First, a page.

The Croatian island of Vis, and the fishers’ village of Komiza, are a thoroughly inspiring setting for a conference on wavescapes in literature and culture. As always, experiences of space are in part already mediated by contact with earlier stories – so a few (admittedly random, and entirely personal) thoughts on my earlier, non-bodily encounters with Vis:
I was introduced to the island of Vis as a child overhearing talk of my grandmother’s brother’s exploits during the Second World War. The family had escaped Ostend to England at the beginning of the war and my great-uncle Pierre Beauprez had enlisted in the British army, in what would become the legendary no. 10 inter-allied commando of the SAS forces, consisting of soldiers that had fled occupied Europe. 3rd troop of 10 i-a commando would form the loose inspiration for Tarantino’s movie Inglorious Bastards. 4th troop was the Belgian troop, and saw Pierre Beauprez in action in ao. Italy, Walcheren, and Vis. He would survive the war, later enlist in the Korean war, where he died in action in 1951.
And it was again the events of war that brought me in contact with Vis later – this time the 1930 and 1940s memoirs of Fitzroy Maclean Eastern Approaches. Maclean, who acted at one point as British liaison officer with Tito’s partisans, describes the idyllic environments of the island being leveled by the Allied forces to make way for air bases to support the partisans. In fact I always found the most gripping parts of Maclean’s book the chapters that deal with his time in Russia, in particular his first-hand witnessing of Stalin’s purges and his explorations of Central Asia, which conveyed an urgent desire to “take the golden road to Samarkand” (to quote Mika Waltari, Hagar Olsson, James Elroy Flecker, and Maclean’s A person from England all in one).
The most impressive, and most recent, exposure to Vis, and to Komiza, came by way of Olga Tokarczuk‘s book Flights, translated by Jennifer Croft, which recently won the Man Booker International. It’s one of the most memorable books I read recently (although unfortunately I’m not able to read it in its original Polish). I found the scenes set on Vis and Komiza – a fuga-like, ever-returning bead of stories telling of small-scale marital tragedy – particularly haunting.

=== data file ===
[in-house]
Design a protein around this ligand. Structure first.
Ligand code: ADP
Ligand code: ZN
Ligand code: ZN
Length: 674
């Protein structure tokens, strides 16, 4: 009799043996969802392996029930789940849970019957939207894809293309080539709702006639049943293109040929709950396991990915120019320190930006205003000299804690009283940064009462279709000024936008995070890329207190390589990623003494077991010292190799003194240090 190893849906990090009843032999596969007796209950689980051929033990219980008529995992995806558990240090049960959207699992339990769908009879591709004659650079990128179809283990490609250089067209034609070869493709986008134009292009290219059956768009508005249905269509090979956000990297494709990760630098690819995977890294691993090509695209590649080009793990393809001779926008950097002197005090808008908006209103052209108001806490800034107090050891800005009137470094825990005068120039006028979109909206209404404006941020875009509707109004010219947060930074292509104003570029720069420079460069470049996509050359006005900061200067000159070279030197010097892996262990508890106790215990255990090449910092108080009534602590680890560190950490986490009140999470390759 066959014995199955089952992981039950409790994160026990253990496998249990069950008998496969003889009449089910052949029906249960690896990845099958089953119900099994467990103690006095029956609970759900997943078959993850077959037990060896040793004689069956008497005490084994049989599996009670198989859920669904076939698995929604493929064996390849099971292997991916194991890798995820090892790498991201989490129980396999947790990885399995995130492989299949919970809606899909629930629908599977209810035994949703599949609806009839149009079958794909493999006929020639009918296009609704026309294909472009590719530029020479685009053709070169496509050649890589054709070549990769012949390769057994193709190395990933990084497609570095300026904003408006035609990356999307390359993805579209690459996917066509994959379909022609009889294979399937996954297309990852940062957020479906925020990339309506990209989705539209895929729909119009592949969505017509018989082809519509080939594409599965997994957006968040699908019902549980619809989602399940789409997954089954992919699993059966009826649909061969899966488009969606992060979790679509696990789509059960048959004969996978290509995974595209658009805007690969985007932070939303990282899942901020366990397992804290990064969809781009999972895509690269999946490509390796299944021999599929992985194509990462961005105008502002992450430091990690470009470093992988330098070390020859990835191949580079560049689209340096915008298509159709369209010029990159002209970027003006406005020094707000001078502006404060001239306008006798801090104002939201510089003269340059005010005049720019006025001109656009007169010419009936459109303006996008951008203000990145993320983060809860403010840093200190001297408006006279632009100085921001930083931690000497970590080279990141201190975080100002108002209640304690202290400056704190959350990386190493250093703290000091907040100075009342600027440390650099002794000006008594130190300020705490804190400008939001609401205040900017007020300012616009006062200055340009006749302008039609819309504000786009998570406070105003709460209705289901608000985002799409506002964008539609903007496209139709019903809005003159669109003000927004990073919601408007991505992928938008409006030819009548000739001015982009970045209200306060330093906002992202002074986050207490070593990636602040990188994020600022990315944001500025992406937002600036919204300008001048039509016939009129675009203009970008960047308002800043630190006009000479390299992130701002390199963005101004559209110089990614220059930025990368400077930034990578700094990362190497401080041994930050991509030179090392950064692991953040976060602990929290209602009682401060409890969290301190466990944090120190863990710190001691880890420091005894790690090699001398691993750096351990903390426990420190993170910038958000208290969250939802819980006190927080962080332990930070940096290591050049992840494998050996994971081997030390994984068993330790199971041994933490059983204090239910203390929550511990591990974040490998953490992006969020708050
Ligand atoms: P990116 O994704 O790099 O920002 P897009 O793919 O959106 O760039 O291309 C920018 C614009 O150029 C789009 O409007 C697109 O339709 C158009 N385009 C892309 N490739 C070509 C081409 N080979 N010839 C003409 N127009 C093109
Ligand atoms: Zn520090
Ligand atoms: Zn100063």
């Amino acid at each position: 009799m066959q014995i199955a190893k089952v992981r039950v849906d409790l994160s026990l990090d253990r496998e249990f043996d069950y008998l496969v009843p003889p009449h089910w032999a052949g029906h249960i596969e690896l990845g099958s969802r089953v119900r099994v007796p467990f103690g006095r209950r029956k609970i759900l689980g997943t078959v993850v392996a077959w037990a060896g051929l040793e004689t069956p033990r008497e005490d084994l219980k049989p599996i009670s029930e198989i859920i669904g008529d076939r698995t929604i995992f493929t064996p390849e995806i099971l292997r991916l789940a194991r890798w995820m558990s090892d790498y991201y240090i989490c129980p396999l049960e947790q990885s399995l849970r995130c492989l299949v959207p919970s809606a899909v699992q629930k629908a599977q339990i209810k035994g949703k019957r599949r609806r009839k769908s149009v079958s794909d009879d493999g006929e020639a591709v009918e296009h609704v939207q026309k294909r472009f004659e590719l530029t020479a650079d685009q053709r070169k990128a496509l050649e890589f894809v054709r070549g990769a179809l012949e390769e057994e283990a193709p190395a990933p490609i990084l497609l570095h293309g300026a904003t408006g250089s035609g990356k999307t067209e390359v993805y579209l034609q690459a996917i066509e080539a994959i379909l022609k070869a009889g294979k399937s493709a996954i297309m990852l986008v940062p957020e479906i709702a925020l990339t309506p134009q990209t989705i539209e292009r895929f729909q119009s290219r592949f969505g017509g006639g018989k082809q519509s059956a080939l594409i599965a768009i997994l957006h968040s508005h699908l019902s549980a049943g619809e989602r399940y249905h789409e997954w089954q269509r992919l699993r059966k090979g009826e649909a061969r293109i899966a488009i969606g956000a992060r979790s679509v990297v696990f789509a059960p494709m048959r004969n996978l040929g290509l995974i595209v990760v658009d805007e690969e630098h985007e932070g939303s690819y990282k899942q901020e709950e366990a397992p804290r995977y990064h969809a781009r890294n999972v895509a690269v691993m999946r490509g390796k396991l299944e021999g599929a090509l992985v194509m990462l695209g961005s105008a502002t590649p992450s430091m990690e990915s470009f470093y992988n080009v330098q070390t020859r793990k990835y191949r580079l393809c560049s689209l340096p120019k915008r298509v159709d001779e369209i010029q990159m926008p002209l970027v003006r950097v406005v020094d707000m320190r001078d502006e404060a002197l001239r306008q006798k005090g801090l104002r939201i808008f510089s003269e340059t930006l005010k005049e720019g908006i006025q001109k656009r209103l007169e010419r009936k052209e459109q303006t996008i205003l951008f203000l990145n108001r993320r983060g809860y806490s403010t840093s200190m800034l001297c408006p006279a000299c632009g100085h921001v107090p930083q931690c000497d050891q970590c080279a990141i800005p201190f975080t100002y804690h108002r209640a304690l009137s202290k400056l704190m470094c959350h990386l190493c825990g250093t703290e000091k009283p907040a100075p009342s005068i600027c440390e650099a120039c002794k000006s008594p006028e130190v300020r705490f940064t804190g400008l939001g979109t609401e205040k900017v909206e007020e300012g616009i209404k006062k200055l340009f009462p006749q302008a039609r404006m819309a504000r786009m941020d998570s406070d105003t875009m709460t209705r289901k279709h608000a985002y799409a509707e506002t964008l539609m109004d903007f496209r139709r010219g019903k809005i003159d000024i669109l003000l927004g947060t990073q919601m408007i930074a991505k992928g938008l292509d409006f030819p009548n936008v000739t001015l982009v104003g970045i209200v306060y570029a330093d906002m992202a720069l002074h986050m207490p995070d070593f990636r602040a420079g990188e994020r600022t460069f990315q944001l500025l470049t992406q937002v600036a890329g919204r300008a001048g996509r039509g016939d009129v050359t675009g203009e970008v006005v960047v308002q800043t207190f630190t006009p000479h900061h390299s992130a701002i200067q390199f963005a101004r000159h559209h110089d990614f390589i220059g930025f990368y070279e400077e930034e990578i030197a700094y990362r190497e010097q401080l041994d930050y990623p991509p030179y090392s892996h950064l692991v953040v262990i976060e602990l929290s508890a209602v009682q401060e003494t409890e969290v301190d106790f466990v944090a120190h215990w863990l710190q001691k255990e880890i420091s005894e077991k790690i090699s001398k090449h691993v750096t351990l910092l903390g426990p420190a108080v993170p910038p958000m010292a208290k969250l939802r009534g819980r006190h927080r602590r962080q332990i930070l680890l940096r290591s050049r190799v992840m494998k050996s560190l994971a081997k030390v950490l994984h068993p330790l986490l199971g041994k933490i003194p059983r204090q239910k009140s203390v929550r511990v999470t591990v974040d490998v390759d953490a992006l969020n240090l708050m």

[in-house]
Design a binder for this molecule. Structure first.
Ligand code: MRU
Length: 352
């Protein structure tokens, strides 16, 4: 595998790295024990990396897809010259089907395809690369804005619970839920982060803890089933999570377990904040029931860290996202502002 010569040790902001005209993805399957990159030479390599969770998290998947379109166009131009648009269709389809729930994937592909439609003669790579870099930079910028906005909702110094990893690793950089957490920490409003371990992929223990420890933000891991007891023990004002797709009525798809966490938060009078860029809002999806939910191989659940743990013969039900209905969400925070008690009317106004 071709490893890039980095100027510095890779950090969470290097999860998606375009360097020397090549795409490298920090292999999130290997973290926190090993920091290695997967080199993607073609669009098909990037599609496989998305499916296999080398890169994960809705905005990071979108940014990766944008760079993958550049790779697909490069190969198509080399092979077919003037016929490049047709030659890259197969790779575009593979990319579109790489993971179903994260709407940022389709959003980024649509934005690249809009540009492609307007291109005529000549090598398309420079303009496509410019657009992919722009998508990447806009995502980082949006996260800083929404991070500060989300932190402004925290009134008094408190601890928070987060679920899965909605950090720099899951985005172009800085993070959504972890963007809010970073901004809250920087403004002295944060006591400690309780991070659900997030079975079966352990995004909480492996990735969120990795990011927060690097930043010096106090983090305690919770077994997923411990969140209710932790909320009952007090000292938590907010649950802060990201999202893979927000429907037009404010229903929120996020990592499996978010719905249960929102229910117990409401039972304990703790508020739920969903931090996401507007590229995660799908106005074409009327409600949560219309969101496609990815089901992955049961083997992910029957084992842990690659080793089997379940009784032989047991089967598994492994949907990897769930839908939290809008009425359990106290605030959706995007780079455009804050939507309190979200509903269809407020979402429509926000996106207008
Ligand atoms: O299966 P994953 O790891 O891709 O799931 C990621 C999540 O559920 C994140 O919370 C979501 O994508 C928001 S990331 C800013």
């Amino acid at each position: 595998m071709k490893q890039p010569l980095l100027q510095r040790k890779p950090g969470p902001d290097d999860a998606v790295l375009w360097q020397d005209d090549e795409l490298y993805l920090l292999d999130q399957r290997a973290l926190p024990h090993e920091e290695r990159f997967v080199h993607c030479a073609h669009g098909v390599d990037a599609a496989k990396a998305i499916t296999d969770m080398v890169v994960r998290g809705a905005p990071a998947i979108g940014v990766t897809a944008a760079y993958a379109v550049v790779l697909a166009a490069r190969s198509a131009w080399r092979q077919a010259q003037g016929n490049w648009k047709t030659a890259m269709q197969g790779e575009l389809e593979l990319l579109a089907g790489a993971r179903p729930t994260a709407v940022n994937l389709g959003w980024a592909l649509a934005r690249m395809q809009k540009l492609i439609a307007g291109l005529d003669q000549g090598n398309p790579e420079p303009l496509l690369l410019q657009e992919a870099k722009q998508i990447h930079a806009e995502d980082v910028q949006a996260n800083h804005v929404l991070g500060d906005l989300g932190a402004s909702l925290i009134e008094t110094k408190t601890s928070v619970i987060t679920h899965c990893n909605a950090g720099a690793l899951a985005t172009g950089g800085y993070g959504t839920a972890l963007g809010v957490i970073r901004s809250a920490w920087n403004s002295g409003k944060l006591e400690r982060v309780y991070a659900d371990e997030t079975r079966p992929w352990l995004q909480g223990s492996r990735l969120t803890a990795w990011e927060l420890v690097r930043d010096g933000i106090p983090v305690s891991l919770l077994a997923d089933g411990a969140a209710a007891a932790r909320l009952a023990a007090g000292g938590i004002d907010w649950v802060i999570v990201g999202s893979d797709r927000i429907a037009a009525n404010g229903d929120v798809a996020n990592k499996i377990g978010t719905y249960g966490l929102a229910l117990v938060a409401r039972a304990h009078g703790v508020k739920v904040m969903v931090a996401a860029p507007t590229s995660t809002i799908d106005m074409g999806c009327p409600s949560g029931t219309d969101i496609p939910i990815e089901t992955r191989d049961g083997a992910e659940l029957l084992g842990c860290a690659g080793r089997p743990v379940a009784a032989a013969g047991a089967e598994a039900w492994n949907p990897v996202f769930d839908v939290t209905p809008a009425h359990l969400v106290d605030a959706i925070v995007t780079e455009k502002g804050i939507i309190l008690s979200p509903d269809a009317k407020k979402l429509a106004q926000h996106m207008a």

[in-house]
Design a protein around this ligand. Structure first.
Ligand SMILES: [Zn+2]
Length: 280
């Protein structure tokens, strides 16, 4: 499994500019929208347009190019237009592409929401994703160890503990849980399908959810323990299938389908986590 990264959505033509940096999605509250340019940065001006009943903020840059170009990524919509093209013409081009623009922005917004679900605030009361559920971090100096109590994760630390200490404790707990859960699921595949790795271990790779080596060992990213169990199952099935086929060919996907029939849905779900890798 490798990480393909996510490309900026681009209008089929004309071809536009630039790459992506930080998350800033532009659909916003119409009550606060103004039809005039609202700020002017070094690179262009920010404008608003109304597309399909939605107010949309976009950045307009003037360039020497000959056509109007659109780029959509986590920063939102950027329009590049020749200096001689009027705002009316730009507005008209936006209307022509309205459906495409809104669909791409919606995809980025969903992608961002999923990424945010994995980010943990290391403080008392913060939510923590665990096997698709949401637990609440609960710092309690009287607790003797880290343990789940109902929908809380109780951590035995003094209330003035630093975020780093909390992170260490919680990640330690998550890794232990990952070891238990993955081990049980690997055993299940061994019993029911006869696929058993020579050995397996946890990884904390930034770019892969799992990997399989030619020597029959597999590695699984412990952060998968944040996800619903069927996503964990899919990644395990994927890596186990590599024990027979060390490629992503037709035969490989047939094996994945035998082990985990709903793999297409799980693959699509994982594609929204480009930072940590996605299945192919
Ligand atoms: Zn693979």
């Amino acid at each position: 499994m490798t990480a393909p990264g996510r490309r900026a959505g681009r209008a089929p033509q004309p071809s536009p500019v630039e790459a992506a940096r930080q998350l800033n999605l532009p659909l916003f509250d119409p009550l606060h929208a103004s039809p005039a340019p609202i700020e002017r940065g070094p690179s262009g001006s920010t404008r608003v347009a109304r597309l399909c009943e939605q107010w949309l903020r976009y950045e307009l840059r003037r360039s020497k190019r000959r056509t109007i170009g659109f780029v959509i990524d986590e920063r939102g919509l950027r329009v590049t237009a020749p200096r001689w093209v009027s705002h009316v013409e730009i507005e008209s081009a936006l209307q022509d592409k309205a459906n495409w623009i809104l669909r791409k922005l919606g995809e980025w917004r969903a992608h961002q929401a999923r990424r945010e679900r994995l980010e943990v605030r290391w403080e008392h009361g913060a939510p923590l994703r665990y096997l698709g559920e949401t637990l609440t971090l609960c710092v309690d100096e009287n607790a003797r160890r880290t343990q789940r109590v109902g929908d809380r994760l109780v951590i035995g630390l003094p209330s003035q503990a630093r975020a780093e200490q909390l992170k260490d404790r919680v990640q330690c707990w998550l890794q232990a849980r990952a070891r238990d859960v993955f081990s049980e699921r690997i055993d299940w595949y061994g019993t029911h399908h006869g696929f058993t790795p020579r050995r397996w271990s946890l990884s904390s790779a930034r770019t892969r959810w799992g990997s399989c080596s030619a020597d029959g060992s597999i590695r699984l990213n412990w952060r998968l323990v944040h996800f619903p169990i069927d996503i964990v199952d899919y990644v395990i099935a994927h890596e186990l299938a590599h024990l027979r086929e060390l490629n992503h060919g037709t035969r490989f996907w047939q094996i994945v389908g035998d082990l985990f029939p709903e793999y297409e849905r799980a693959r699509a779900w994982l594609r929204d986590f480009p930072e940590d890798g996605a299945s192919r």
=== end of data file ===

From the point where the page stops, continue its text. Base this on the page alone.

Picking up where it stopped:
Presenting my research at the Wavescapes conference in Split and Komiža (island of Vis), Croatia.
I changed around the topic of my talk a bit, and eventually examined fictional responses to rising waters in Let me be frank with you, Odds against tomorrow, and New York 2140. More on that research here.
Fascinating range of perspectives, including presentations on art practice, conservation, ecological thinking, waterscapes in particular national cultures as well as across national borders.
One session that resonated particularly well with some of my own research interests was a panel that featured Christina Heflin, who spoke of “Surrealism, Marine Life and Non-Ocular Modes of Sensing” in interbellum French surrealist underwater movies; Srećko Jurišić, who presented on “Amphibian Humanoids of the Mediterranean” in movie; and Eni Buljubašić on “The Adriatic monk seal in Croatian Narratives”.
Other fascinating talks including a presentation on a walk along “the zero meter altitude line into the hypothetical new coast line of the Netherlands”, a project by Maud Canisius; Killian Quigley’s presentation on the “Seascape and the Future of Land: Aesthetics, Ethics, and the Anthropocene”; and the keynotes, ranging from Adeline Johns Putra’s on “The shapes of water in climate fiction” to Rebecca Giggs’s on narrative non-fiction of the whale, and Joško Božanić’s considerations of practices and words in the eastern Adriatic archipelago.